After about 30 minutes rest, it's time to shape your vegan lentil meatballs. You can use a handy tablespoon measure or a melon baller to scoop equal portions. Then simply roll them into balls, and they're ready to bake.
Rolling is a great time to get kids involved in this recipe, if you have any young helpers at home. Since this dough is egg-free and vegetarian, there's no risk of contamination from raw ingredients.
Bake your vegan meatballs until they're set and browned on the outside. They'll be crunchy and caramelized on top, with a soft and light interior.Print
These hearty vegan lentil meatballs get savory flavor from parmesan, Italian seasoning and crispy breadcrumbs. Serve them with your favorite pasta sauce and pasta or vegetable noodles.
- ¾ cup dry brown lentils, cooked according to package directions
- ⅓ cup dry short grain rice, cooked according to package directions
- ½ cup breadcrumbs (we used gluten free)
- ¼ cup rolled oats
- ½ cup shredded vegan parmesan
- 3 tbsp flax meal
- 2 tsp Italian seasoning blend
- 1¼ tsp salt
- ½ tsp pepper
- ½ tsp garlic powder
- ½ tsp onion powder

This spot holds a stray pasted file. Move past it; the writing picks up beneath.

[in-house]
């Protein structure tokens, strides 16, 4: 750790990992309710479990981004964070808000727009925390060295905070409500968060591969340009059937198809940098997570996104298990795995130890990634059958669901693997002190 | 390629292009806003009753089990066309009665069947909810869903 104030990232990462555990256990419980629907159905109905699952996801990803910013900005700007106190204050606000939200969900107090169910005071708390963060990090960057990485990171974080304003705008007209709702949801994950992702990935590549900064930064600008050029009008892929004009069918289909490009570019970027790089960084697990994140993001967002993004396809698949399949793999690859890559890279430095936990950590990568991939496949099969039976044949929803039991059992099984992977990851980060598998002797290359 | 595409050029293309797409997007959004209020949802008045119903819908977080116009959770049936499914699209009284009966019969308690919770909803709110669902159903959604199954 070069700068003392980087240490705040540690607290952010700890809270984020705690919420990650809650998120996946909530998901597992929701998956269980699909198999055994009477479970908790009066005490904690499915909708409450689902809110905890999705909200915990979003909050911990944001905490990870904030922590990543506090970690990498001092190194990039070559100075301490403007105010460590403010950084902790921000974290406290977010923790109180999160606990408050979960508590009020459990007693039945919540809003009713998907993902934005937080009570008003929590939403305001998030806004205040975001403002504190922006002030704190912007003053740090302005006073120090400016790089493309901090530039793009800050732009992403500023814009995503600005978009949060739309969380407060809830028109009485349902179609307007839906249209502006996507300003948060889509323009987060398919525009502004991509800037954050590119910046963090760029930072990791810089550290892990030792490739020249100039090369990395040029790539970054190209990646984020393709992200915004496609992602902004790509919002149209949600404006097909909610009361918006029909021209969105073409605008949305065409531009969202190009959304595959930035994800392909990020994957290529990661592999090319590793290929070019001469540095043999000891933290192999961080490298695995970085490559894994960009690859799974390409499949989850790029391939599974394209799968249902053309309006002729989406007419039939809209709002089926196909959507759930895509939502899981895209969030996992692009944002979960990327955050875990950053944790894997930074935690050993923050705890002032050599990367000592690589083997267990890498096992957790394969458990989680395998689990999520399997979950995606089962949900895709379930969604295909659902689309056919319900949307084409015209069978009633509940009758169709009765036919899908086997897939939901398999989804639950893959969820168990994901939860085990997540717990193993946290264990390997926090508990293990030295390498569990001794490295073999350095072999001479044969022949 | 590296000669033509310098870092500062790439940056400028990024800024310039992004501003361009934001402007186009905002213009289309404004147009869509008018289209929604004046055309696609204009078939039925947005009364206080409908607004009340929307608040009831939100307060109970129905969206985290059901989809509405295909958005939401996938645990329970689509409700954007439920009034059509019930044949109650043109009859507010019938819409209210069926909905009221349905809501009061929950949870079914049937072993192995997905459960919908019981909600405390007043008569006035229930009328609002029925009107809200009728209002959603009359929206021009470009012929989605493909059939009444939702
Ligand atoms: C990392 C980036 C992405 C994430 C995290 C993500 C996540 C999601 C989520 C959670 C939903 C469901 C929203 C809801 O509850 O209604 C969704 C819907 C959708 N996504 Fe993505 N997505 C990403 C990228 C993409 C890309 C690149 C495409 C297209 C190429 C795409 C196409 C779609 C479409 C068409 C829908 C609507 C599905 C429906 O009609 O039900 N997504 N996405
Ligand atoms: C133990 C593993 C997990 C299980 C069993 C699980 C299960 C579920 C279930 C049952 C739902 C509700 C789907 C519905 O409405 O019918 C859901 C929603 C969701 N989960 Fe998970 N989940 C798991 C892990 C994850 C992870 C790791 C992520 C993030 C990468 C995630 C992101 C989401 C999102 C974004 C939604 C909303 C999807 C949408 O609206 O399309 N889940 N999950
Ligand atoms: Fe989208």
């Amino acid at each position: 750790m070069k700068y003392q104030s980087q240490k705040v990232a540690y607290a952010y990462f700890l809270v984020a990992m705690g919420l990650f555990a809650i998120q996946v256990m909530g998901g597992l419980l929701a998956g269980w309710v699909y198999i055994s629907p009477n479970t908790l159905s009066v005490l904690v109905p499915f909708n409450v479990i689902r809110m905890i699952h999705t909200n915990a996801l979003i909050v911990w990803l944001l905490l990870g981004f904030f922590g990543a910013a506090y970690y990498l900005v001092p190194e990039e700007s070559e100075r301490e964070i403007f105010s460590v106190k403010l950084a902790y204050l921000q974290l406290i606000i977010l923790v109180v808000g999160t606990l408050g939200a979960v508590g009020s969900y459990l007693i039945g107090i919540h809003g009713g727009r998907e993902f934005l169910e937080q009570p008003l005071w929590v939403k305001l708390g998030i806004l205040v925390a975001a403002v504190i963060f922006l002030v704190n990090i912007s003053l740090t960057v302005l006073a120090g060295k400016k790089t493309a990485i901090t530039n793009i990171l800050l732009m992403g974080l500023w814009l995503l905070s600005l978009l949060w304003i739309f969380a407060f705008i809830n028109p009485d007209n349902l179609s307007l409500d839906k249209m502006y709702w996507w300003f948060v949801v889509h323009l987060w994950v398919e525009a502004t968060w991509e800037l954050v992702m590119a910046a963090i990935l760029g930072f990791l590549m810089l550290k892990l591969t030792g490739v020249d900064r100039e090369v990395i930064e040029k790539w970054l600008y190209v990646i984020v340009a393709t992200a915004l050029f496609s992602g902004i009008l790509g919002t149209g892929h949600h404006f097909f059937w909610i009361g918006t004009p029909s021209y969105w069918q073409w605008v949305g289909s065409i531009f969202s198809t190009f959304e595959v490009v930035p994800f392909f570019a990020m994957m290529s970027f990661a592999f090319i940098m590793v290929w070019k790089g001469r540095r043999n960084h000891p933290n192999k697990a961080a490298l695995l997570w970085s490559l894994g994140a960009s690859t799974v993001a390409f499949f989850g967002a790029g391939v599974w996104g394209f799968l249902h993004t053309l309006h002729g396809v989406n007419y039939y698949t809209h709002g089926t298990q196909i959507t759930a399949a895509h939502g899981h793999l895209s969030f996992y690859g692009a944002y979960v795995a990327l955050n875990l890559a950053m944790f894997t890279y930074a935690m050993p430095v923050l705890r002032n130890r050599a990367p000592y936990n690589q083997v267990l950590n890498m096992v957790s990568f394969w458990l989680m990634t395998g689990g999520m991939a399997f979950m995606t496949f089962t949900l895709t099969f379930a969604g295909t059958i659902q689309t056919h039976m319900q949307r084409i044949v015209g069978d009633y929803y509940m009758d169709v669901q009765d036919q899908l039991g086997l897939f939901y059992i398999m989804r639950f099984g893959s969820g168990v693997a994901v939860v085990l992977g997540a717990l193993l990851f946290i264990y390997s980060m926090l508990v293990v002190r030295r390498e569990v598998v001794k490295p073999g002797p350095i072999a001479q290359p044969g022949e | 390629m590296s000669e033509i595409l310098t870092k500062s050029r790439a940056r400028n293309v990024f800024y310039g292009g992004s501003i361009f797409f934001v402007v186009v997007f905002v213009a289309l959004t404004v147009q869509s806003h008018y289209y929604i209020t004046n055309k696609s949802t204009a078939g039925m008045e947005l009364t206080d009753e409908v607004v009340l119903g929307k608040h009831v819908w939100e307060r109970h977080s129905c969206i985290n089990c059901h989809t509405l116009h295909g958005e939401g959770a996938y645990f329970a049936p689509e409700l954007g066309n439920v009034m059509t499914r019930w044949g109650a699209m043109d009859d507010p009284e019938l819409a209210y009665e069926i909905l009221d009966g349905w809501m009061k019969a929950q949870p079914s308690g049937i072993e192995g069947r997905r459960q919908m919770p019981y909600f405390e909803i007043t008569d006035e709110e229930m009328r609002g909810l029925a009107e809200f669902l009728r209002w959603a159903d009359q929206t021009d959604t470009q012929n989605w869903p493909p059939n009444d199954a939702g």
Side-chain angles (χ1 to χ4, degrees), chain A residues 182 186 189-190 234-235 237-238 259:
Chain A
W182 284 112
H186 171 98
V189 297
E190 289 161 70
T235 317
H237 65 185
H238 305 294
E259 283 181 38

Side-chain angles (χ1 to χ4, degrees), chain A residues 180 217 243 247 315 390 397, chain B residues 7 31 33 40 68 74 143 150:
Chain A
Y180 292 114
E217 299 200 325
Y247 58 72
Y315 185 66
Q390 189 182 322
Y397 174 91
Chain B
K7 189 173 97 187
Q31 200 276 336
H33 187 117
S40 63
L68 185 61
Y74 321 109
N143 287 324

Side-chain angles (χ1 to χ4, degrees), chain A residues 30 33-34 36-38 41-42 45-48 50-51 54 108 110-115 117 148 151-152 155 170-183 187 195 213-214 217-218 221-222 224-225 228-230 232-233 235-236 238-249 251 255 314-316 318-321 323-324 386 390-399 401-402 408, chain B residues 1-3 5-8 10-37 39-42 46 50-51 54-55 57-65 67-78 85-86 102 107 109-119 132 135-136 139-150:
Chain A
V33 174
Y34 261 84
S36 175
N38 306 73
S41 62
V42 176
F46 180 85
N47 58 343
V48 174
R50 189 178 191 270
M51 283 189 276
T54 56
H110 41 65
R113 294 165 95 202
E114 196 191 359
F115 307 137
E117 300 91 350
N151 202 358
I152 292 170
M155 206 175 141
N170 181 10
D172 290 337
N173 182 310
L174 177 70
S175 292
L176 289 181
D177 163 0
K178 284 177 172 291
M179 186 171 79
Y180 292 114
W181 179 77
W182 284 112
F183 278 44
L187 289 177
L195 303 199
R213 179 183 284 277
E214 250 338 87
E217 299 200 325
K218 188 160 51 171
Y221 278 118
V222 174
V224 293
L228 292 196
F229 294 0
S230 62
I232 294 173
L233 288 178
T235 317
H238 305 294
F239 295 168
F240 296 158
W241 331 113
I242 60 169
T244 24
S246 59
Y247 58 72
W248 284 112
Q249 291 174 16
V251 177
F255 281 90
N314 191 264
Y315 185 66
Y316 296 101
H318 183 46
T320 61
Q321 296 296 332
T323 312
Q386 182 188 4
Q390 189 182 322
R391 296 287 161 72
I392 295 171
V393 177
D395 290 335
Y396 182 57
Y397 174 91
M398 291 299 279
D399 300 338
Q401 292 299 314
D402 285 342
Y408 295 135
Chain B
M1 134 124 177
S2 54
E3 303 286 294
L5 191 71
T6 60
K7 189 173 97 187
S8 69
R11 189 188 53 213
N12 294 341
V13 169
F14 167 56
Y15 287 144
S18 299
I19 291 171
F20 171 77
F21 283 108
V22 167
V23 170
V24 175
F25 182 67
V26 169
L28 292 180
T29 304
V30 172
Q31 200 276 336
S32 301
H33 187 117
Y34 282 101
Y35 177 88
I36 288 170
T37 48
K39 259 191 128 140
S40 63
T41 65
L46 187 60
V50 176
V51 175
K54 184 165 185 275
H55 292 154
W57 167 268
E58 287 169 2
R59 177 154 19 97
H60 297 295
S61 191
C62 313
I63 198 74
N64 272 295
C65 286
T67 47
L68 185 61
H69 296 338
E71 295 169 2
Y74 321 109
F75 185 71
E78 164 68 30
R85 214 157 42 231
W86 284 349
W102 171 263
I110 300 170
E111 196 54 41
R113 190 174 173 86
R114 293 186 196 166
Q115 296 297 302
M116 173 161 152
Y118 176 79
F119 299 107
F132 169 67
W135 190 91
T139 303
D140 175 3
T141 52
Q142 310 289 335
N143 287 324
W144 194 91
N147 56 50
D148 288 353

- 3 tbsp fresh parsley, chopped
- 3 tbsp olive oil
- 2 tbsp tomato paste
- 2 tsp red wine vinegar
- ½ cup shredded carrots
- Pasta sauce of choice
- Pasta or vegetable noodles of choice
- Shredded parmesan for topping
- Fresh parsley, chopped, for topping
- Preheat oven to 350F. In a medium saucepan, cook the lentils (in vegetable broth or water) according to package directions. In a separate saucepan, cook the rice (in vegetable broth or water) according to package directions.
- Drain the cooked lentils of any excess water. Add the lentils and rice to a large mixing bowl, along with the breadcrumbs, oats, parmesan, flax meal, Italian seasoning, salt, pepper, garlic powder, onion powder, parsley, olive oil, tomato paste, red wine vinegar and carrots. Mix well with your hands until the mixture comes together when pressed. Let it sit for 15-20 minutes. Line a baking sheet with parchment paper.
- After resting, give everything one more mix. Using a tablespoon or cookie dough scoop, scoop the mixture into equal portions and roll them into evenly sized meatballs. Lay them on the prepared baking sheet. Bake for 25-30 minutes, until golden brown (check the bottom for browning first), rotating the sheet halfway through.
- Serve over pasta with spaghetti sauce. Top with cheese and fresh parsley if desired.
- Prep Time: 30 minutes
- Cook Time: 30 minutes
- Category: Dinner
- Method: Baked
- Cuisine: American
- Serving Size:
- Calories: 213
- Sugar: 2 g
- Sodium: 479.1 mg
- Fat: 8.9 g
- Saturated Fat: 2.5 g
- Trans Fat: 0 g
- Carbohydrates: 27.2 g
- Fiber: 3.7 g
- Protein: 6.2 g
- Cholesterol: 0.2 mg
Keywords: vegan meatballs